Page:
Qr8’s Founder, Dr Michele Squire, is here to spill the tea on using Vitamin C to treat Melasma.

Dealing with pigmentation issues is a frustrating and distressing experience, especially if you have melasma. This skin pigmentation disorder is often chronic and can be difficult to treat, leaving many people willing to try just about anything to improve it.

Melasma is a condition where dark, irregular patches of pigmentation appear on the face, often triggered by hormonal changes along with sun exposure. It’s more common in women, especially during pregnancy or while taking birth control pills. While it’s not harmful, it can be challenging to manage and can have a significant impact on self-esteem and quality of life.

It’s no wonder that those suffering from melasma often turn to multiple different treatments to help manage their condition. One such treatment that is easily obtainable from any skincare retail store, is vitamin C. But, is it truly effective in treating melasma?

Firstly, what do we mean by ‘Vitamin C’?

When we talk about vitamin C, we’re referring to L-ascorbic acid (L-AA), which is the only form of topical vitamin C that is biologically active in the skin (the term for this is ‘bioavailable’). L-AA is water soluble, so getting it to penetrate through the lipid-rich skin barrier requires some expert manipulation to reduce the pH of the formula (make it acidic). Applying acidic products can be irritating for some people – especially if you are in the early stages of using prescription skincare, have skin barrier issues, or skin conditions like rosacea and peri-oral dermatitis.⁠⁠

L-AA is also an antioxidant, making it useful (under sunscreen of course!) for added protection against UV-induced oxidative damage. But this also makes it fickle – it becomes unstable when added to water in a solution, unless properly formulated with other antioxidants. This formulation technique often makes vitamin C serums smell funky (the famous ‘hot dog water’ smell!). Correct packaging is also vital to minimise degradation when exposed to light and air.⁠⁠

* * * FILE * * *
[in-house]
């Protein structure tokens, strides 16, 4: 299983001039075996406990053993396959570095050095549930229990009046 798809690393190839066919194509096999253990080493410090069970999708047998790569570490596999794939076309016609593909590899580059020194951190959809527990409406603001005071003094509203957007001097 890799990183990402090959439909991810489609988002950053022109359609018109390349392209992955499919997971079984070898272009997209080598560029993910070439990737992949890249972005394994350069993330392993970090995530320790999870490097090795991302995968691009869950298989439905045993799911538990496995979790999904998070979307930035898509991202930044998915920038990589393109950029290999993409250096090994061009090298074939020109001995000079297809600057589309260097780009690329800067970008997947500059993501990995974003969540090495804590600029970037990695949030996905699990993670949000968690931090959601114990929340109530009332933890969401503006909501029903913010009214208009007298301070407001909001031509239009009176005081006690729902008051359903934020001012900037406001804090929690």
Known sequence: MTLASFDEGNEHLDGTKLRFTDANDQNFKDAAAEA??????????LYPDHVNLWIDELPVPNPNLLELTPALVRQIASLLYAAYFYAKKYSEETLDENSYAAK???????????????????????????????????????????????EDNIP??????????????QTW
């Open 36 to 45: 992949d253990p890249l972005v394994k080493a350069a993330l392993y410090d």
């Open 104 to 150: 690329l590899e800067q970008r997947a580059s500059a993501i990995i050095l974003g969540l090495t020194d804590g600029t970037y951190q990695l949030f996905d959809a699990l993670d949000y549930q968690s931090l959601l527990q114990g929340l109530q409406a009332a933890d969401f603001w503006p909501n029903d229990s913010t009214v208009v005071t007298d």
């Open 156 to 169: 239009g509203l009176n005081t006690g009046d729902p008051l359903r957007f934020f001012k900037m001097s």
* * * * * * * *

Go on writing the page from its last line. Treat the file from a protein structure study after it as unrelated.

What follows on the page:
What about the Vitamin C ‘derivatives’?

For all its popularity, L-AA has caused the beauty industry a massive headache – mostly because products need to be stable enough to last a decent period of time on the shelf, and after you open them. To overcome penetration, stability and efficacy issues, the industry developed vitamin C ‘derivatives’ by sticking other molecules onto L- AA and calling them some truly tongue-twisting names (try saying 3-O-ethyl ascorbic acid or tetrahexyldecyl ascorbate quickly!).⁠ Scientifically speaking, these derivatives aren’t actually ‘vitamin C’ at all, and the evidence supporting the efficacy of these derivatives is mixed at best (we dug into the science of the most popular derivatives, starting HERE).

So what about L-ascorbic acid and pigmentation?

Scientific evidence suggests that well-formulated L-ascorbic acid has some depigmenting ability for mild pigmentation due to its ability to chelate copper ions, which serve as enzymatic cofactors for tyrosinase (the enzyme crucial for pigment production in the skin). So in theory, if L-AA can get to the epidermis, it should inhibit pigment formation.

What does the evidence show about Vitamin C as a treatment for Melasma?

Just because it ‘can’ inhibit melanin production, doesn’t mean that L-AA is an effective therapy for for treating more severe forms of pigmentation, like melasma. And if you have melasma, you want to be treating it with the most effective treatment you can get!

There are only 2 available studies using vitamin C alone as a treatment for melasma. Both used 5% L-ascorbic acid.

One study found that 29 subjects who had vitamin C applied twice weekly for 12 weeks to half their face, and distilled water to the other half, showed greater pigment decrease (measured using an instrument known as a calorimeter) on the vitamin c side. However, when asked to grade their own results, participants (who had no idea which side of their face had the vitamin c applied, and which side had just plain water) were unable to tell the difference, reporting that both were equally effective. This essentially means that, although a result could be detected when measured objectively, there was actually no visible effect on the melasma.